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Cost of moving plummets by almost 40%

  1. 06 October 2020
  2. By Andi Michael

Our annual assessment of the cost of moving shows the average cost of buying and selling a home is now just £6,669.


The cost of moving home has plummeted by 39% from £10,911 before the stamp duty holiday came into effect on 8th July 2020 to £6,669 after, saving the average person buying and selling a home in the UK £4,242, according to reallymoving’s annual Cost of Moving research, released today. The UK’s leading comparison site for home mover services has analysed data from 239,000 quotes in the last year to reveal that while legal fees, estate agent fees, survey and removal costs have all risen, now is the cheapest time to move home in decades as a direct result of the temporary suspension of stamp duty charges on purchases up to the value of £500,000.

With house prices having a significant impact on moving costs such as estate agent fees and legal fees, a sharp rise in the average house price since the stamp duty holiday announcement has contributed to a rise in the cost of other services. The largest expense for home movers who are both buying and selling is currently estate agent fees averaging £3,936 (+14% increase), followed by legal fees at £1,682 (+15%). The cost of a survey has risen by 10% to £450 and although varying significantly depending on the distance of the move and the volume of possessions transported, removals charges have also increased by 3% to £546. The cost of an Energy Performance Certificate (EPC) remains unchanged at £55.

Movers in London and South East save the most

Those moving within London and the South East are currently enjoying the largest financial incentive to ensure they move before the stamp duty holiday ends on 31 March next year. The cost of a move in London has more than halved from £25,255 before the stamp duty holiday to £12,061 after - a saving of 52%. Significant savings are also being enjoyed by movers in the South East (-53%), East of England (- 47%) and South West (-40%), while the smallest savings are being made in the North East (-17%), Northern Ireland (-20%) and Wales (-22%) where transaction taxes were already lower based on the median house price.

First time buyers see moving costs rise

While those buying and selling a home have seen costs plummet, UK First Time Buyers have seen the cost of buying their first property rise by 8% on average. Less impacted by the stamp duty holiday due to the fact that First Time Buyers were already exempt from paying the tax on purchases up to £300,000, this group have instead been impacted by an increase in all associated moving costs such as legal fees (+11%), surveys (+5%) and removals (+4%), partly due to a sharp rise in property prices. First Time Buyers in London get a particularly raw deal, paying nearly a quarter (24%) more than the UK average in upfront moving costs at £2,218.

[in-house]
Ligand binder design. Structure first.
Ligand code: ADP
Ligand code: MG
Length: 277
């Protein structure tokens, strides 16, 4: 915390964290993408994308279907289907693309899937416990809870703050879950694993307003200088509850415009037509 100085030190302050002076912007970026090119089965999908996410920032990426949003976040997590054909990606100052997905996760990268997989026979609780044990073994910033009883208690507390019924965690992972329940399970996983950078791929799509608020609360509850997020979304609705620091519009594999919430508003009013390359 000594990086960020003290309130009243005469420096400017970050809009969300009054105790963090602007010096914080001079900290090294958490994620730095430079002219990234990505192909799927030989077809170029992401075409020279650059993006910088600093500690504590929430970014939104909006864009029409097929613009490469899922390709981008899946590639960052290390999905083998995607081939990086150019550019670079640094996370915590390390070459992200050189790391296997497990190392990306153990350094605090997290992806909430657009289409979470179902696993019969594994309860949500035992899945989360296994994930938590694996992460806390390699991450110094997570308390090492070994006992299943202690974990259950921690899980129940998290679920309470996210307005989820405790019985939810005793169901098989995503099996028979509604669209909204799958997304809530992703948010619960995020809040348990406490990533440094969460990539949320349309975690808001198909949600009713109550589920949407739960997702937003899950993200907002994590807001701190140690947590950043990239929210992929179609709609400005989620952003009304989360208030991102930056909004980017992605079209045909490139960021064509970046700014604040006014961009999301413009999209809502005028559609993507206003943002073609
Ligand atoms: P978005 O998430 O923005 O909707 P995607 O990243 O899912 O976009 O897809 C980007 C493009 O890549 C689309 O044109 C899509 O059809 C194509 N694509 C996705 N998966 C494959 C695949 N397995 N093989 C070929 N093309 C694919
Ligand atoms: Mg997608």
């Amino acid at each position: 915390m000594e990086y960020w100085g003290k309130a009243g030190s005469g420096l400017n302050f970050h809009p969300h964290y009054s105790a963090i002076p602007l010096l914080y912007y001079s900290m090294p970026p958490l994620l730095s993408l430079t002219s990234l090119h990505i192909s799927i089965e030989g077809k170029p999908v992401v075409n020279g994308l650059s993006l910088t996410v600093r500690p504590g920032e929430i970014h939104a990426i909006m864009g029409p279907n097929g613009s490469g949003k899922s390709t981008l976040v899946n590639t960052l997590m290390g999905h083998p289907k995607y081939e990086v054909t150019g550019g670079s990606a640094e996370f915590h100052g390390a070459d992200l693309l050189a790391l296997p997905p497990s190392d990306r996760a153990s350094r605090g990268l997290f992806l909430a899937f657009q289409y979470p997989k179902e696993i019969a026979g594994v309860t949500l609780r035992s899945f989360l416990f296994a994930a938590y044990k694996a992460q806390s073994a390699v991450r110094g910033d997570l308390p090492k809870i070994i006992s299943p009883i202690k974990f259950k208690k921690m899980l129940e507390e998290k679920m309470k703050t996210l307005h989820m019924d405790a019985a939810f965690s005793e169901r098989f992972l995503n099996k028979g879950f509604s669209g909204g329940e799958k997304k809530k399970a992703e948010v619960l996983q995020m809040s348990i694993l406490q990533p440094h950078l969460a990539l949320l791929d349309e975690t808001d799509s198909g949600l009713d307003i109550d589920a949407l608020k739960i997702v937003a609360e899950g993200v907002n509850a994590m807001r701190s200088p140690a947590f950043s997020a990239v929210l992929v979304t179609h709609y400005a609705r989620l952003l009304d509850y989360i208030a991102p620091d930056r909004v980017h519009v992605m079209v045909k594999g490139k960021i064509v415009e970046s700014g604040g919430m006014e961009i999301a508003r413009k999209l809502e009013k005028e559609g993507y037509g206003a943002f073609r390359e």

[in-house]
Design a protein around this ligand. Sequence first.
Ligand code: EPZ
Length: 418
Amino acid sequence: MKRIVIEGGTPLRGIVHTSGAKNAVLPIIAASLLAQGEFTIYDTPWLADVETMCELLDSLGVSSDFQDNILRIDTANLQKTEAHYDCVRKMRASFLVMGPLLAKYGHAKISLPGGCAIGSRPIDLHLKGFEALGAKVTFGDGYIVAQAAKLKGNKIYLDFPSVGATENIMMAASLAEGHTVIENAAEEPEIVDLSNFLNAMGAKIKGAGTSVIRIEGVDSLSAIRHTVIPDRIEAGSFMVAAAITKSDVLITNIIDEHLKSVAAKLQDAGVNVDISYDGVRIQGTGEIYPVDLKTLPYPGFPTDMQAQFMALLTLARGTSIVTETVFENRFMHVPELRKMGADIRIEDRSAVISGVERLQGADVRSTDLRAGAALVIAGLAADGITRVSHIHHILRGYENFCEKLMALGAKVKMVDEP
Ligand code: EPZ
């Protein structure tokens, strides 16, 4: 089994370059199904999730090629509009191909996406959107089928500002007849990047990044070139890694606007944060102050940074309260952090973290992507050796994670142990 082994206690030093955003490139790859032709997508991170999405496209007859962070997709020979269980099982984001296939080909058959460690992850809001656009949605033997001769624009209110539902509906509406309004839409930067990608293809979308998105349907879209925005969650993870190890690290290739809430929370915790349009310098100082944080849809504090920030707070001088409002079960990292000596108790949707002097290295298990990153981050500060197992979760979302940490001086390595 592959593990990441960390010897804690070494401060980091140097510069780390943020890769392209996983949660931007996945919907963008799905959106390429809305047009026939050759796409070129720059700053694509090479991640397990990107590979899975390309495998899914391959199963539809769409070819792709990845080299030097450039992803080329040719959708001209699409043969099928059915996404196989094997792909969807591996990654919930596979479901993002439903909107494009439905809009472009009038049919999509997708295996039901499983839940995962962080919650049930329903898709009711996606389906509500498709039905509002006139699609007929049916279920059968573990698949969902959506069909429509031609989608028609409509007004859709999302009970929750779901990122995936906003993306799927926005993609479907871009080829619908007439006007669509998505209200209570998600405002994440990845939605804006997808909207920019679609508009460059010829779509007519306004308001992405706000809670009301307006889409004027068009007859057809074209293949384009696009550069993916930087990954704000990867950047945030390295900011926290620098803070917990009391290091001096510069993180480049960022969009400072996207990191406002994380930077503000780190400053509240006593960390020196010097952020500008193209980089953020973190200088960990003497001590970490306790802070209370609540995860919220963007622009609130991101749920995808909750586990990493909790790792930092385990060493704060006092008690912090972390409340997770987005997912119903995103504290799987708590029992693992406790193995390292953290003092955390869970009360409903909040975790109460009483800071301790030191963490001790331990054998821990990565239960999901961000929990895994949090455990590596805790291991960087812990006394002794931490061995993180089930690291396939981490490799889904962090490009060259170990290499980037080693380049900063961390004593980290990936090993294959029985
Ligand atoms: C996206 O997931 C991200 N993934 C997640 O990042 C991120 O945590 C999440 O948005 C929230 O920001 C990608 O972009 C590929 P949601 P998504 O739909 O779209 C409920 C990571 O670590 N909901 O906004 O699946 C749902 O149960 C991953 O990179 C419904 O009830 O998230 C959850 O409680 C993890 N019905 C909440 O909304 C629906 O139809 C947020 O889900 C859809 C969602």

Cost of moving as a proportion of income

Since the stamp duty holiday came into effect, home movers (buying and selling) are spending just 22% of their average income, based on the median UK salary of £30,4201 , on financing a move compared to more than a third (33%) previously.

With cash to cover up-front costs being one of the biggest barriers to moving home, this increase in affordability has been a significant incentive for people to move quickly, creating a spike in demand from buyers and boosting liquidity. Consequently, reallymoving is currently seeing unprecedented levels of demand across the market.

CEO Rob Houghton said: “The cost of moving has been steadily climbing for many years but the Chancellor’s stamp duty giveaway has made now the cheapest time to move in decades for those buying and selling a property. “There’s little let up for First Time Buyers, who are facing increased house prices and greater moving costs than a few months ago, making it even harder to save enough for a deposit and to cover the upfront costs of buying a home. Despite this, levels of demand from First Time Buyers remains reassuringly high, suggesting they’re still finding ways to buy including through Shared Ownership, Help to Buy and the Bank of Mum and Dad.

“While it’s best to act quickly to take advantage of the stamp duty savings, buyers should also bear in mind that we’re probably seeing a temporary spike in house prices so for some it may be better to wait until the holiday ends when prices are widely expected to return to more normal levels. In an unpredictable market it’s more important than ever to compare ratings and customer reviews when searching for home move services, as well as price, to ensure that when you do decide to buy, your transaction progresses as smoothly as possible.”

View the press release
 

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